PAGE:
Teresa Budrey, who spent more than 20 years working in NHS learning disabilities nursing services before joining the RCN, said Sustainability and Transformation Plans (STPs) had the potential to help prevent ill health and deliver care in the most appropriate settings for patients.
But she said the plans needed to be honest about the real cost of providing services to the communities they served, as well as providing full information about how staff – including nurses and healthcare assistants – will be affected.
Teresa said: “Any reductions in the number of registered nurses as a result of the STPs would be a significant concern to us because of the impact it would have on the quality of patient care.
“In this region we have yet to see full details of how staff will be affected. “But the evidence on the ground is that plans are being rushed through to implementation without proper engagement and consultation with staff and the communities that use services.”
Teresa, who completed her nursing training in Norwich and joined the RCN in 2003, added that RCN Eastern would not support the implementation of STPs that compromised patient access to safe, dignified and compassionate nursing care.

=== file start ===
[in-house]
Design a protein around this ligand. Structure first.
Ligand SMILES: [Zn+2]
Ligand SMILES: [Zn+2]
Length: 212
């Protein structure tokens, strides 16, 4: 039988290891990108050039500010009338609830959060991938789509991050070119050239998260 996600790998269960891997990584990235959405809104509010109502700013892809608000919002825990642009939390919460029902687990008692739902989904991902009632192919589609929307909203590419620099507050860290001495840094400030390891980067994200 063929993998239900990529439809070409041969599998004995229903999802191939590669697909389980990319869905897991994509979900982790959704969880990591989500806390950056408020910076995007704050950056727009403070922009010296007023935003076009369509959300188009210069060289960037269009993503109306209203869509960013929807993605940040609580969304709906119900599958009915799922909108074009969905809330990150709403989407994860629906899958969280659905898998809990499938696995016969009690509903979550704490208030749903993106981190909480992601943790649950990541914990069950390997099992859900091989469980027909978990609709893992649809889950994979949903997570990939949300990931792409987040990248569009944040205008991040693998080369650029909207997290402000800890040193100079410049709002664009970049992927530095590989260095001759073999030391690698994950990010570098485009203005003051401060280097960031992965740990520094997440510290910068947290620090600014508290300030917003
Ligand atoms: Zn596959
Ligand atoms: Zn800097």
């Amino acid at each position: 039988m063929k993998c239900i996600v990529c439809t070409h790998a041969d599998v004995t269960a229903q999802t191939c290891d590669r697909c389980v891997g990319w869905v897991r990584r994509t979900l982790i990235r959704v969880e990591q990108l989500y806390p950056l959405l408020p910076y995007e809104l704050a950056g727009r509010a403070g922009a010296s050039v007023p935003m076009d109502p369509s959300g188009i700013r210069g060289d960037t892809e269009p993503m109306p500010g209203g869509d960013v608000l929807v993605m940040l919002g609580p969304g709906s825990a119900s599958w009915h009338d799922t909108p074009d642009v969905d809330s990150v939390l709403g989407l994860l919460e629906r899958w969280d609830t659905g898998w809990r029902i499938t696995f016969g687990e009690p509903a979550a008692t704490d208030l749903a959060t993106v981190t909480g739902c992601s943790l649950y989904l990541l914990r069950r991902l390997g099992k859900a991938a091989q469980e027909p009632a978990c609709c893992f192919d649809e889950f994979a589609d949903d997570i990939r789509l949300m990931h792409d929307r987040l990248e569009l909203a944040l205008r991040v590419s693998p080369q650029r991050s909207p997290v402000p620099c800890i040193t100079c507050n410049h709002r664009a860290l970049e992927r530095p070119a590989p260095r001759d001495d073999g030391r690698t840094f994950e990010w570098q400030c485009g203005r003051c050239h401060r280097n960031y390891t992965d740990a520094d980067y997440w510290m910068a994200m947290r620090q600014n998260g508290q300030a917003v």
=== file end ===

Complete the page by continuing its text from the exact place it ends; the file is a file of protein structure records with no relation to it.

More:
“The RCN expects each STP to involve RCN officers and nursing staff in the development of the clinical and workforce implementation plans for their area, and have full, open and transparent consultations with the public,” she said.
In her new post Teresa will lead a teams representing over 38,000 RCN members working in Norfolk, Suffolk, Essex, Cambridgeshire, Hertfordshire and Bedfordshire. As well as the introduction of STPs, RCN members currently face many other challenges in their work including dealing with the pressures caused by rising demands on NHS services and a continued battle for fair pay.
Teresa said: “I am looking forward to representing our members across the Eastern region and working with them to challenge the cap on pay rises which means many struggle with the rising cost of living. “With continued recruitment and retention problems across health services, we must urgently look at how we can retain the staff we need to provide care to a growing number of patients.”